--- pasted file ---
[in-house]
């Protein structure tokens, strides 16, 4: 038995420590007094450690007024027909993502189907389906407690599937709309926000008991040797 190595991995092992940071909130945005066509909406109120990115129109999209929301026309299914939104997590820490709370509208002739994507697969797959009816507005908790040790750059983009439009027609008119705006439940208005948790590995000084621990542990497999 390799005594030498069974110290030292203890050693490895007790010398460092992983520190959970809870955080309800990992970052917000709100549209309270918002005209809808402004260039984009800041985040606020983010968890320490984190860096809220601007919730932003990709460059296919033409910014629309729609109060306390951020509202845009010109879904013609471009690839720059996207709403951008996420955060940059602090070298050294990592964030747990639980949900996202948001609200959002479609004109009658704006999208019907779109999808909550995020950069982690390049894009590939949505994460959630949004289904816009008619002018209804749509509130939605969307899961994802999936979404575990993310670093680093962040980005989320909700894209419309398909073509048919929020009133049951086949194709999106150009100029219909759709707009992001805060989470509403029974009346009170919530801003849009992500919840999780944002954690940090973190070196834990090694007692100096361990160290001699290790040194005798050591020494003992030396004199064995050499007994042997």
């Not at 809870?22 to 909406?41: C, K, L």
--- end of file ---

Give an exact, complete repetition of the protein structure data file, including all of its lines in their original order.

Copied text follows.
[in-house]
């Protein structure tokens, strides 16, 4: 038995420590007094450690007024027909993502189907389906407690599937709309926000008991040797 190595991995092992940071909130945005066509909406109120990115129109999209929301026309299914939104997590820490709370509208002739994507697969797959009816507005908790040790750059983009439009027609008119705006439940208005948790590995000084621990542990497999 390799005594030498069974110290030292203890050693490895007790010398460092992983520190959970809870955080309800990992970052917000709100549209309270918002005209809808402004260039984009800041985040606020983010968890320490984190860096809220601007919730932003990709460059296919033409910014629309729609109060306390951020509202845009010109879904013609471009690839720059996207709403951008996420955060940059602090070298050294990592964030747990639980949900996202948001609200959002479609004109009658704006999208019907779109999808909550995020950069982690390049894009590939949505994460959630949004289904816009008619002018209804749509509130939605969307899961994802999936979404575990993310670093680093962040980005989320909700894209419309398909073509048919929020009133049951086949194709999106150009100029219909759709707009992001805060989470509403029974009346009170919530801003849009992500919840999780944002954690940090973190070196834990090694007692100096361990160290001699290790040194005798050591020494003992030396004199064995050499007994042997």
């Not at 809870?22 to 909406?41: C, K, L």